Famous artists, painters, sculptors and architects made Rome the centre of their activity, creating masterpieces throughout the city.

In 1871 Rome became the capital of the Kingdom of Italy, and in 1946 that of the Italian Republic.

Its historic centre is listed by UNESCO as a World Heritage Site.





Monuments and museums such as the Vatican Museums and the Colosseum are among the world's most visited tourist destinations with both locations receiving millions of tourists a year.

Probably the landmark that everyone knows is the Colosseum, its Latin name Amphitheatrum Flavium was once the place where gladiators fought for their lives and to entertain the emperors and crowds.

The churches date back to the 3rd century and you would probably need a vacation dedicated to seeing them if you so wish to see them all.

The oldest church is San Martino ai Monti. Some churches from the 4th century include: San Marcello al Corso, San Marco, and Santa Pudenziana.

The newest church was built in 2003 and is called Dio Padre Misericordioso.

Some very nice places to see are the fountains. Everybody knows about Trevi fountain (Fontana di Trevi), where if you throw in a coin, you shall surely return to Rome.

Trevi Fountain Rome

Other fountains are: Acqua Paola , Fontana dei Quattro Fiumi and Triton Fountain. 

There are also some museums that need your attention: The Vatican Museums, The Capitoline Museums – founded in 1471 and Galleria Borghese – houses one of the largest collections in the world.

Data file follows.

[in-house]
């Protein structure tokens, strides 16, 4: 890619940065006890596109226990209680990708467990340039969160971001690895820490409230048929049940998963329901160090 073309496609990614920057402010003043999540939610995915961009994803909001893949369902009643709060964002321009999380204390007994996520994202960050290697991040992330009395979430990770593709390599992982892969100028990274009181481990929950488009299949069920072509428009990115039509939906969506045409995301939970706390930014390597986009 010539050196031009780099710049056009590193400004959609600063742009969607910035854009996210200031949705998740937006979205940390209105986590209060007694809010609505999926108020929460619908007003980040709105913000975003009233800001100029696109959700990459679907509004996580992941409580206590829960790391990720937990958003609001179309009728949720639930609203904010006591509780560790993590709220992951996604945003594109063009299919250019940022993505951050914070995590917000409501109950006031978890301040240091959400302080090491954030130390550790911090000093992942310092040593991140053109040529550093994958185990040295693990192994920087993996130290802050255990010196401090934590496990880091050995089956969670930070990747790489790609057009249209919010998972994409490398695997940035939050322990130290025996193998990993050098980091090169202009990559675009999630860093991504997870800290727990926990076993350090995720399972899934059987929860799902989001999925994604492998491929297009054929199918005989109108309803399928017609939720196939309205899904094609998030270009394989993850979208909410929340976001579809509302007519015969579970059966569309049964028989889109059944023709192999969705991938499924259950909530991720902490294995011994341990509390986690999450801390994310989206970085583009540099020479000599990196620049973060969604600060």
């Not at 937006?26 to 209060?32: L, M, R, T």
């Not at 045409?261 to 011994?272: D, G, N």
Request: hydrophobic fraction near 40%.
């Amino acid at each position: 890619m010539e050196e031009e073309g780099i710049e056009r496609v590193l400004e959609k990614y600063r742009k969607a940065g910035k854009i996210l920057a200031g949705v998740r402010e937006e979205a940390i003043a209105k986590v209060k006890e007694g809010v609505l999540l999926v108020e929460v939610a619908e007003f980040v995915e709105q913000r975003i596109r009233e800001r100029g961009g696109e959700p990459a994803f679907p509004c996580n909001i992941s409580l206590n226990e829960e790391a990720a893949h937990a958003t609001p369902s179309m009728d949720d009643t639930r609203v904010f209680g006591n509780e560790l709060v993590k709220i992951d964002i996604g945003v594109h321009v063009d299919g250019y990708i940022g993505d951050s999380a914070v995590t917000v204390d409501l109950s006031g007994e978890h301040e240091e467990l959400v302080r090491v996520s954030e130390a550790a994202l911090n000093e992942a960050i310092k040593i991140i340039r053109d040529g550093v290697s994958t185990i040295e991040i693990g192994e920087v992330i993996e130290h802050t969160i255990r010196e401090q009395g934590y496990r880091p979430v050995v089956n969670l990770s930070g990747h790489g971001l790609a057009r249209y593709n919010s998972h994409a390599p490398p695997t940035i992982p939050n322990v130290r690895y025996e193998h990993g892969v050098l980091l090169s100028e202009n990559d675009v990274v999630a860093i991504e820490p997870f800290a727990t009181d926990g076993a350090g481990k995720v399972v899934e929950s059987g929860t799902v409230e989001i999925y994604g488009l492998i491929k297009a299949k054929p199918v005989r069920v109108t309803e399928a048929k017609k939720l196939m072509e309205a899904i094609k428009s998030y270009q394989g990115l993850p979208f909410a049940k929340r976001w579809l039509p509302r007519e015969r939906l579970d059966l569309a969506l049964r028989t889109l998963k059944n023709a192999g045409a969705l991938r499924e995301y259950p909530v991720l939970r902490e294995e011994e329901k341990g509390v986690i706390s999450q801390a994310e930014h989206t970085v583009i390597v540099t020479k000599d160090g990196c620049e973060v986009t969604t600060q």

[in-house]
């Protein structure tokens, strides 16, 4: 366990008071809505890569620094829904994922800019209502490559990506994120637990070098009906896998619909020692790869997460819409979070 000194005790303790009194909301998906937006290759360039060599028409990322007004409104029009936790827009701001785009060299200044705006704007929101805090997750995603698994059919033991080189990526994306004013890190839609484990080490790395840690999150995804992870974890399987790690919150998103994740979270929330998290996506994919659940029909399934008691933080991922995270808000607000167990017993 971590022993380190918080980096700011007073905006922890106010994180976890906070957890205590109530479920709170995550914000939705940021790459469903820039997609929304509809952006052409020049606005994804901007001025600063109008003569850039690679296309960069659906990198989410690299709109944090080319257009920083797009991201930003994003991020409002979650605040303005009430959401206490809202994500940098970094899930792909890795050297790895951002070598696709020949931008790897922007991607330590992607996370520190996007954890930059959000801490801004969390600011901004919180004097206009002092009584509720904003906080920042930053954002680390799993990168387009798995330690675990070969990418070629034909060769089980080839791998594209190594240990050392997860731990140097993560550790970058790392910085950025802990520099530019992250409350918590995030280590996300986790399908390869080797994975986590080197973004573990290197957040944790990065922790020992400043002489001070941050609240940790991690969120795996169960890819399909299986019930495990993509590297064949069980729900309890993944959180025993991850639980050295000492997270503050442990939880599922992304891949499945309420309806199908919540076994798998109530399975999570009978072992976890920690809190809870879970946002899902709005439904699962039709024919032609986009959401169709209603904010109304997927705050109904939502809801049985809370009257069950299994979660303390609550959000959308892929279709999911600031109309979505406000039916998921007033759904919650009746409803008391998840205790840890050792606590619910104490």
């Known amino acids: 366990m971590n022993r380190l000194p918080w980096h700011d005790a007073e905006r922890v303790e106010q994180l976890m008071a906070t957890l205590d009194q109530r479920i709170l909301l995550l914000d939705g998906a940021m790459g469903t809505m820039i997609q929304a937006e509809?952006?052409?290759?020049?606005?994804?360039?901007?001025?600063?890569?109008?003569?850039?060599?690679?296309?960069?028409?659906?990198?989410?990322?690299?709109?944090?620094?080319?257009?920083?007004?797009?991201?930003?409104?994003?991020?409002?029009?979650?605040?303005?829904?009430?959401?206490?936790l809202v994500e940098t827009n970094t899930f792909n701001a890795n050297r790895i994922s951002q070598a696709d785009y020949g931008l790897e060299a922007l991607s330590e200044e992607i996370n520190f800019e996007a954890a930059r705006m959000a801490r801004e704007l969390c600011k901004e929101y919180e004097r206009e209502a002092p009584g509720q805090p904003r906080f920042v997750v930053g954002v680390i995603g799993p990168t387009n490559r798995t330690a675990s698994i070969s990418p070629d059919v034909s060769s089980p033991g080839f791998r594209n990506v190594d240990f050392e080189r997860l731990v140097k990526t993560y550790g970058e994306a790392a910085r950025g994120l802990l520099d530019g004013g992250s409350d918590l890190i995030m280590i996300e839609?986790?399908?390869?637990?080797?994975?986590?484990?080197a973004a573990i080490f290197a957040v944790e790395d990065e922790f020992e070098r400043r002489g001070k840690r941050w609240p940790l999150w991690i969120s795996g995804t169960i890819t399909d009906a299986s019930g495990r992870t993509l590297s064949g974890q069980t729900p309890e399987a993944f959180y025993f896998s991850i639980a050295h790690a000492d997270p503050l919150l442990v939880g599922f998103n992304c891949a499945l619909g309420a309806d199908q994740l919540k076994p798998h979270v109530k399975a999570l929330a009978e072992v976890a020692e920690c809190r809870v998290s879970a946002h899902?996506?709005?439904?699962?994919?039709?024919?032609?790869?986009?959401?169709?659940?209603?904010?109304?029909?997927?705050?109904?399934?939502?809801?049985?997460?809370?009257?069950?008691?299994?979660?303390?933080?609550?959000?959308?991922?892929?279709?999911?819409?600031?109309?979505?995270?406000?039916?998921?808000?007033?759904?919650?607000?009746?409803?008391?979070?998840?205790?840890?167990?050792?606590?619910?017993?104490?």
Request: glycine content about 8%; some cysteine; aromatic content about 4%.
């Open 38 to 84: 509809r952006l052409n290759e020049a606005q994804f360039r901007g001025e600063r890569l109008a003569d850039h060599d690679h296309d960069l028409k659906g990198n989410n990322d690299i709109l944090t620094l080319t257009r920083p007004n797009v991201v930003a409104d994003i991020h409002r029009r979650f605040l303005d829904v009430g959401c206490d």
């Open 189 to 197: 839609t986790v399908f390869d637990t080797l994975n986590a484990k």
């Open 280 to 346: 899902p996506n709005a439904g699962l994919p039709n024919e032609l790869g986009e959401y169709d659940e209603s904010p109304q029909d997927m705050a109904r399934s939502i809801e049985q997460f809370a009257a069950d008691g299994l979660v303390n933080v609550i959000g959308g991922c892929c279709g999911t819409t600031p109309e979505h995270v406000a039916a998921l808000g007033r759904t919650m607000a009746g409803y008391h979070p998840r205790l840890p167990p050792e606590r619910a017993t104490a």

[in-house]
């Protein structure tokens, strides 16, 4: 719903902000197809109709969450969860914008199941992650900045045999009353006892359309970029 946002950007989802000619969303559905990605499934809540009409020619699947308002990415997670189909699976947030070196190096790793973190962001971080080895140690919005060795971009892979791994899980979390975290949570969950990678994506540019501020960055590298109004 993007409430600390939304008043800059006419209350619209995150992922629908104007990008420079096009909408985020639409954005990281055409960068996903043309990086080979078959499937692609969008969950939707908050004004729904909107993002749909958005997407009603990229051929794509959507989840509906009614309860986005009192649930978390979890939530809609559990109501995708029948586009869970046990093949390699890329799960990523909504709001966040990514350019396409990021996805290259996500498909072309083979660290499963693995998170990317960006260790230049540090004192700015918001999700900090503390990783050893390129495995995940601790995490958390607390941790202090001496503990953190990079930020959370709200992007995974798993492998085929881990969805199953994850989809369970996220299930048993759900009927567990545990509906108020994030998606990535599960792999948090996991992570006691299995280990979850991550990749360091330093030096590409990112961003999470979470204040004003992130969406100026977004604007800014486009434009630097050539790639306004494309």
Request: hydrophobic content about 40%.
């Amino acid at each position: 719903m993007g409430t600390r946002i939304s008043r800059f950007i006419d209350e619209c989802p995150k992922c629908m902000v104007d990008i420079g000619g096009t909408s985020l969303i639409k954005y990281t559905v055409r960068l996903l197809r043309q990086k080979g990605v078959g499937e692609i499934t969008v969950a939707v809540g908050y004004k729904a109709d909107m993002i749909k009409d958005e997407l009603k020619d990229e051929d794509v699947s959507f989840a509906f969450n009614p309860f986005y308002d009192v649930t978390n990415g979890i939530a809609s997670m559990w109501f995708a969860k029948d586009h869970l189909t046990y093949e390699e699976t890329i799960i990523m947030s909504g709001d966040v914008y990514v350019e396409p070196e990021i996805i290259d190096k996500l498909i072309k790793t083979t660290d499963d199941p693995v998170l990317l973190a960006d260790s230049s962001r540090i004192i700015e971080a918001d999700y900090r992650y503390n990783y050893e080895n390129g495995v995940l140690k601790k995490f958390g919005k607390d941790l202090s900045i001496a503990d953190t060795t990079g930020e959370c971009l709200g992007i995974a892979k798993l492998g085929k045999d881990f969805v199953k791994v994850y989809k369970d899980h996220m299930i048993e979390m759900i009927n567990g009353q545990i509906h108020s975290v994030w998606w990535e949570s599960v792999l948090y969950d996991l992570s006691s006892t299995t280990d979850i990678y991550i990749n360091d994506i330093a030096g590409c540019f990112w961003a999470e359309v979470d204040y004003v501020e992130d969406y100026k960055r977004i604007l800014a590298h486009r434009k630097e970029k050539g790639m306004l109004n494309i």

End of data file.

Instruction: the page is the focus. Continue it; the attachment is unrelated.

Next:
The Spanish Steps (Italian: Scalinata di Trinità dei Monti) are a set of steps in Rome, climbing a steep slope between the Piazza di Spagna at the base and Piazza Trinità dei Monti, dominated by the Trinità dei Monti church at the top.

Spanish Steps Rome

The monumental stairway of 135 steps (the slightly elevated drainage system is often mistaken for the first step) was built with French diplomat Étienne Gueffier’s bequeathed funds of 20,000 scudi, in 1723–1725, linking the Bourbon Spanish Embassy, and the Trinità dei Monti church that was under the patronage of the Bourbon kings of France, with its beautiful twin tower church dominating the skyline. 

The stairway was designed by architects Francesco de Sanctis and Alessandro Specchi.





The Spanish steps unique design and elegance has made it a popular place for artists, painters and poets who were attracted to the place which in return inspired them.

The presence of the artist's attracted many beautiful women to the area, aspiring to br models.

This in turn, attracted many rich Romans and travelers. The steps became very crowded with people of all kinds of backgrounds.

This tradition, of the Spanish Steps as a meeting place, has lived on ever since and is a popular spot.

There are a lot of places to stay, from hostels and one star hotels to historical buildings and five stars hotels.

For those who are on a budget trip, a hostel is the best place to spend the nights. One of them is Hostel Star Light and it’s located in the city centre, near the Termini station and very close to the
Trevi fountain.

Pantheon Rome

Some of the one star hotels include: Hotel Dino – also in the centre of the city, Hotel Gabriele – in the historical center of the city and Hotel Vienesse.

For those who want luxury, there are the five stars hotels: Aldrovandi Palace Hotel – close to Via Veneto, Hotel Hassler –near Trinita' dei Monti Church, to name just two of them.

Of course, you can choose from guesthouses, bed & breakfast, country houses, camping and many more, based on what you like and on your budget.